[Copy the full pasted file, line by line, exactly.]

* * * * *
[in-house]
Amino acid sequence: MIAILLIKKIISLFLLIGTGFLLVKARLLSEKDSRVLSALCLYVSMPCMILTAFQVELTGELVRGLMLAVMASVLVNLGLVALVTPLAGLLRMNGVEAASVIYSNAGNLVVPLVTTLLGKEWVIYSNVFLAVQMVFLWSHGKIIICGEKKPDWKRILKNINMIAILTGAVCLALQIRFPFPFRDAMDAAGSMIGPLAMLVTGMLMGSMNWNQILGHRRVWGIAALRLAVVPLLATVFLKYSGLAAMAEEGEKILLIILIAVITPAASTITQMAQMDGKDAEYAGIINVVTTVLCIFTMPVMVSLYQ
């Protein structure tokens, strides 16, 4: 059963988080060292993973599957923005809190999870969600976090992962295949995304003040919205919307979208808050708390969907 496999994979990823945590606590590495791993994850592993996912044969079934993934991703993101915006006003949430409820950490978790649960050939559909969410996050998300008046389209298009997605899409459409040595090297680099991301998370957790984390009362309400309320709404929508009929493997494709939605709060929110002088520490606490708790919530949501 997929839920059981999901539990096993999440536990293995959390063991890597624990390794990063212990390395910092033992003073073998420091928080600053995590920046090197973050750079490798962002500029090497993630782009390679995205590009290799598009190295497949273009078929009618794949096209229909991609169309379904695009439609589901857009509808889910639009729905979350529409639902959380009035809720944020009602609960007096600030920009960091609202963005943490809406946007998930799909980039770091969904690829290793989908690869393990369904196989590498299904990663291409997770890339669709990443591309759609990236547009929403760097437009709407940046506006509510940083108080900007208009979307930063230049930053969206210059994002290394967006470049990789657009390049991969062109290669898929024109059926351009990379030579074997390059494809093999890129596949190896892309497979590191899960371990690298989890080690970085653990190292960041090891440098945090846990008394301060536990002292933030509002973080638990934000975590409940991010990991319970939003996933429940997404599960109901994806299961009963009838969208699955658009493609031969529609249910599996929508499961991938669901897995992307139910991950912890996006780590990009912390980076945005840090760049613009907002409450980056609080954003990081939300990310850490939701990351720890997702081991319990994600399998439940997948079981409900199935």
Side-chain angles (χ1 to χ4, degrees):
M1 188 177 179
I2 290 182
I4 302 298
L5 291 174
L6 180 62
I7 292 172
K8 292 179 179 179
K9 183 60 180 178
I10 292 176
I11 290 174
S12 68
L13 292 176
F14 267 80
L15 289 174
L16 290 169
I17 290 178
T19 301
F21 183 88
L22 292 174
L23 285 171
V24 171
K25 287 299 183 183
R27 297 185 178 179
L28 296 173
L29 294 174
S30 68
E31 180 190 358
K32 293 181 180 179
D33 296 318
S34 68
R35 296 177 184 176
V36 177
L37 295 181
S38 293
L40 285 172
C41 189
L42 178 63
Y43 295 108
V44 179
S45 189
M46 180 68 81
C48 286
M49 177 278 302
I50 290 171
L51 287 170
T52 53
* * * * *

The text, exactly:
[in-house]
Amino acid sequence: MIAILLIKKIISLFLLIGTGFLLVKARLLSEKDSRVLSALCLYVSMPCMILTAFQVELTGELVRGLMLAVMASVLVNLGLVALVTPLAGLLRMNGVEAASVIYSNAGNLVVPLVTTLLGKEWVIYSNVFLAVQMVFLWSHGKIIICGEKKPDWKRILKNINMIAILTGAVCLALQIRFPFPFRDAMDAAGSMIGPLAMLVTGMLMGSMNWNQILGHRRVWGIAALRLAVVPLLATVFLKYSGLAAMAEEGEKILLIILIAVITPAASTITQMAQMDGKDAEYAGIINVVTTVLCIFTMPVMVSLYQ
């Protein structure tokens, strides 16, 4: 059963988080060292993973599957923005809190999870969600976090992962295949995304003040919205919307979208808050708390969907 496999994979990823945590606590590495791993994850592993996912044969079934993934991703993101915006006003949430409820950490978790649960050939559909969410996050998300008046389209298009997605899409459409040595090297680099991301998370957790984390009362309400309320709404929508009929493997494709939605709060929110002088520490606490708790919530949501 997929839920059981999901539990096993999440536990293995959390063991890597624990390794990063212990390395910092033992003073073998420091928080600053995590920046090197973050750079490798962002500029090497993630782009390679995205590009290799598009190295497949273009078929009618794949096209229909991609169309379904695009439609589901857009509808889910639009729905979350529409639902959380009035809720944020009602609960007096600030920009960091609202963005943490809406946007998930799909980039770091969904690829290793989908690869393990369904196989590498299904990663291409997770890339669709990443591309759609990236547009929403760097437009709407940046506006509510940083108080900007208009979307930063230049930053969206210059994002290394967006470049990789657009390049991969062109290669898929024109059926351009990379030579074997390059494809093999890129596949190896892309497979590191899960371990690298989890080690970085653990190292960041090891440098945090846990008394301060536990002292933030509002973080638990934000975590409940991010990991319970939003996933429940997404599960109901994806299961009963009838969208699955658009493609031969529609249910599996929508499961991938669901897995992307139910991950912890996006780590990009912390980076945005840090760049613009907002409450980056609080954003990081939300990310850490939701990351720890997702081991319990994600399998439940997948079981409900199935």
Side-chain angles (χ1 to χ4, degrees):
M1 188 177 179
I2 290 182
I4 302 298
L5 291 174
L6 180 62
I7 292 172
K8 292 179 179 179
K9 183 60 180 178
I10 292 176
I11 290 174
S12 68
L13 292 176
F14 267 80
L15 289 174
L16 290 169
I17 290 178
T19 301
F21 183 88
L22 292 174
L23 285 171
V24 171
K25 287 299 183 183
R27 297 185 178 179
L28 296 173
L29 294 174
S30 68
E31 180 190 358
K32 293 181 180 179
D33 296 318
S34 68
R35 296 177 184 176
V36 177
L37 295 181
S38 293
L40 285 172
C41 189
L42 178 63
Y43 295 108
V44 179
S45 189
M46 180 68 81
C48 286
M49 177 278 302
I50 290 171
L51 287 170
T52 53